Rutherford County reached an unfortunate but inevitable milestone over Memorial Day weekend as its number of COVID-19 positive cases rose to more than 1,000.
The Tennessee Department of Health reported Monday that Rutherford County had to date 1,029 positive cases.
“We understand that when reviewing the raw data the tendency is to become alarmed that the number of positive tests keeps increasing,” said Rutherford County Mayor Bill Ketron, “but Emergency Physician Russ Galloway reminds us that there is more to it than that.”
Dr. Galloway, who serves as an emergency physician with Saint Thomas Rutherford and is also the Medical Director for Rutherford County Emergency Medical Services and Murfreesboro Fire Rescue, recently put the testing data into perspective in a public service announcement released by Rutherford County Government and the jurisdictions within.
“Tennessee, including Rutherford County, has made COVID-19 testing more accessible and free to citizens,” said Galloway. “With the number of tests increasing, it is inevitable that the number of positives will increase as well.”
Galloway encourages the public to view the number of positives in relation to the actual number of tests being administered. “Those percentages are continuing to decrease,” he said.
The Rutherford County Emergency Operations Center and Rutherford County Health Department (RCHD) are consistently monitoring the numbers to make sure the percentages remain at or below 10 percent positive of the total number tested.
According to RCHD, between 200-300 people are being tested in Rutherford County daily. As more tests are administered, the number of positives will continue to increase as well. COVID-19 is available at RCHD Monday-Friday, 8:00 am to 4:30 pm, and citizens are asked to call ahead at 615-898-7880.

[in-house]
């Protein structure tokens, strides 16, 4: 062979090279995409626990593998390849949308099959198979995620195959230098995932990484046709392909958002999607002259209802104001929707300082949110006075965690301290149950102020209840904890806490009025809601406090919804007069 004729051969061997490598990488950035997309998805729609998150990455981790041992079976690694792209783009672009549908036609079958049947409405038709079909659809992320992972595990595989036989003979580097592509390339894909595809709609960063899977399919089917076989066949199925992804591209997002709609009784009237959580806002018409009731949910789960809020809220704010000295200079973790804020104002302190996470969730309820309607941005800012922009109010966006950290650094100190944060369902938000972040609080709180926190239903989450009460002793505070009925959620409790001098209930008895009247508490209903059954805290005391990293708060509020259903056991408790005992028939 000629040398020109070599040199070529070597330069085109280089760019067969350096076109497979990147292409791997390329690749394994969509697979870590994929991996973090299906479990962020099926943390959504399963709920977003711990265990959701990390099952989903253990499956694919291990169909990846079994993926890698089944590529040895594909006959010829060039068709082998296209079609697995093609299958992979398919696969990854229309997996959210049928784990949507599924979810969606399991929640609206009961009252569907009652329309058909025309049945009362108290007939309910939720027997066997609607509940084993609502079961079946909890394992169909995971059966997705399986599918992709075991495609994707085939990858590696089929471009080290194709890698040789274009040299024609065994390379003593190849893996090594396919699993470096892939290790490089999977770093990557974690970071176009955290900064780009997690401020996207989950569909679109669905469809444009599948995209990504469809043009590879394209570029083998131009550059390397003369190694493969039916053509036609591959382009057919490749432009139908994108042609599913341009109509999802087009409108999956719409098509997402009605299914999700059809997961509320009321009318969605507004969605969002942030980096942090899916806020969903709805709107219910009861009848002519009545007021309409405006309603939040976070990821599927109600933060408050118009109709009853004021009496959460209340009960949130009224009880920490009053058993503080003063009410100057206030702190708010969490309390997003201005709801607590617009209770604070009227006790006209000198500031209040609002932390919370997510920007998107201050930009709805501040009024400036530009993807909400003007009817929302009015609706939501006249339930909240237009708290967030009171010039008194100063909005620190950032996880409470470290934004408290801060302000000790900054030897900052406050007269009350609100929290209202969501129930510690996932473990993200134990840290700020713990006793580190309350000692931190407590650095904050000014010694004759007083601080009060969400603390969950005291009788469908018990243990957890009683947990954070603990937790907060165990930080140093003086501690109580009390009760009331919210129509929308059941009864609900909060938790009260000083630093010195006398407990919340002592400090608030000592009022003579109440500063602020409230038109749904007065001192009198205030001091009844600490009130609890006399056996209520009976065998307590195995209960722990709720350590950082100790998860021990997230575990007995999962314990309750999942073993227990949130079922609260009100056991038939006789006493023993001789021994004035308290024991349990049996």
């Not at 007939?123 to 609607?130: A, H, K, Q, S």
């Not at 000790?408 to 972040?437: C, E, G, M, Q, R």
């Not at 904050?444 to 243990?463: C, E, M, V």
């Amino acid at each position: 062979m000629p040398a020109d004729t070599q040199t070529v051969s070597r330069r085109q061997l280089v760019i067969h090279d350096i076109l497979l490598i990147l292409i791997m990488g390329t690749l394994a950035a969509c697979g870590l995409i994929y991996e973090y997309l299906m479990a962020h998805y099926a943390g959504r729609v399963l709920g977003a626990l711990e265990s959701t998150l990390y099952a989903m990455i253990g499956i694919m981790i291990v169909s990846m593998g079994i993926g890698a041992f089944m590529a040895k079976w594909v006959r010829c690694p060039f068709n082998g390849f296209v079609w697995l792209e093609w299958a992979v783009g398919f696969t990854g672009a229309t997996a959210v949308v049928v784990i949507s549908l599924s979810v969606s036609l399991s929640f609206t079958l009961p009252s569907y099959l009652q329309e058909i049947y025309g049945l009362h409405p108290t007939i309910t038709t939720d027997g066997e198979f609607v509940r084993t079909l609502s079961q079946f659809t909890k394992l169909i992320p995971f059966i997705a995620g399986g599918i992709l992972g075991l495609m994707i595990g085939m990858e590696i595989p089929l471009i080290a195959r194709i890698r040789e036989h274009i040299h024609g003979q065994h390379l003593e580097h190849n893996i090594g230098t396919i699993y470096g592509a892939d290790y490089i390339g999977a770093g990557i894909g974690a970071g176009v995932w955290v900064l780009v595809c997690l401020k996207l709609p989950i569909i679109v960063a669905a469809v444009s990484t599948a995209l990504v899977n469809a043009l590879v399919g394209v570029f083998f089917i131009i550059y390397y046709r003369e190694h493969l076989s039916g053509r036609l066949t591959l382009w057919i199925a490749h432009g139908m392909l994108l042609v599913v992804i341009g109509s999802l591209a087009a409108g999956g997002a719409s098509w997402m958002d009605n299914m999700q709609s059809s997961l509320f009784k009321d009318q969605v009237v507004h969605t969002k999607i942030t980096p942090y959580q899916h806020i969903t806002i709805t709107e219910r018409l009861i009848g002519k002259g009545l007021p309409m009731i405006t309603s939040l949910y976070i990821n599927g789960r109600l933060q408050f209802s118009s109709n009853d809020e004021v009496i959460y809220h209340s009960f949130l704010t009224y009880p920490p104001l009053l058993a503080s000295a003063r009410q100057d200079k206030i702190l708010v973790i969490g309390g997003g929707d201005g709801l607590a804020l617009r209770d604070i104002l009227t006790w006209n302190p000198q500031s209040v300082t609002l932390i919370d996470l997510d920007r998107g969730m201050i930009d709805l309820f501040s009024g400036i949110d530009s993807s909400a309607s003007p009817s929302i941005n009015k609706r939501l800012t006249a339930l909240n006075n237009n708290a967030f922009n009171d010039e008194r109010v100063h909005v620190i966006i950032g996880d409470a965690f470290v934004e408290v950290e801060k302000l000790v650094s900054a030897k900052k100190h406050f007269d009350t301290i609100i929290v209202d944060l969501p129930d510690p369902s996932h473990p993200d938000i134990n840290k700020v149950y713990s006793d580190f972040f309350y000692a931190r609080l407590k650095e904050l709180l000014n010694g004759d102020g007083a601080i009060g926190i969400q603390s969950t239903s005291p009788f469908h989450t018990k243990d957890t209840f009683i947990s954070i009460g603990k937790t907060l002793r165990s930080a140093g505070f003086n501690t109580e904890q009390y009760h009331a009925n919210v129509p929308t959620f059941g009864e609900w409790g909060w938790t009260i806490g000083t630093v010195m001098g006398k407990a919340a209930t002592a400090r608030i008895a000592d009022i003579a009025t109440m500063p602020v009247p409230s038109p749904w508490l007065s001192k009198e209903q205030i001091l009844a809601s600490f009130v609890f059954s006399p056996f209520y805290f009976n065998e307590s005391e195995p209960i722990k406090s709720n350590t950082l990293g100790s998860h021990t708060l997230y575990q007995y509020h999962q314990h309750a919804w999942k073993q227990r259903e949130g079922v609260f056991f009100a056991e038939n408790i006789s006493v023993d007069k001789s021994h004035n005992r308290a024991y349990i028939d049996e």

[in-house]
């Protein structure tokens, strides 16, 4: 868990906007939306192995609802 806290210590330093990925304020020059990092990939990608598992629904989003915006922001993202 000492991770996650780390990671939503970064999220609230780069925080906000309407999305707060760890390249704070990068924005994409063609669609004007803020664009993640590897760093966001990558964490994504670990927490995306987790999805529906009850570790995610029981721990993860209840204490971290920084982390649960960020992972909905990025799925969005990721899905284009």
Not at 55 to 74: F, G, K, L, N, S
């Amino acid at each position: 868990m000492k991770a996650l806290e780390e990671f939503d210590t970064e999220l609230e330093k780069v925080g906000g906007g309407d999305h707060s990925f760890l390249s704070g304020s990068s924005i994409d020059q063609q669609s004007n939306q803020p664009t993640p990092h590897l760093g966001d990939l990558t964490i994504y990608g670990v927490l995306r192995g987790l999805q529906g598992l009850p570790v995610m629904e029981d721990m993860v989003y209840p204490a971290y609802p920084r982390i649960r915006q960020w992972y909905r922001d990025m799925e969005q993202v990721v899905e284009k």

“We’ve been encouraged by measures that our citizens and businesses have taken to continue to slow the spread of this virus in our communities,” said Ketron, “but we are still not back to a ‘business as usual’ state of mind.”
Ketron said it is important that residents continue to practice social distancing, wear face coverings when appropriate, and wash hands frequently for 20 seconds or more. Ketron also urges those who are sick to stay home.
“This has been a truly unique health situation with no playbook or preparedness guide,” said Ketron. “We will continually monitor this situation at all levels, federal, state, and locally to make thoughtful considerations for our community members. Please continue to be patient with us as we navigate these uncertain times together. Maintain your space. Cover your face. Help us remain #RutherfordCountyStrong.”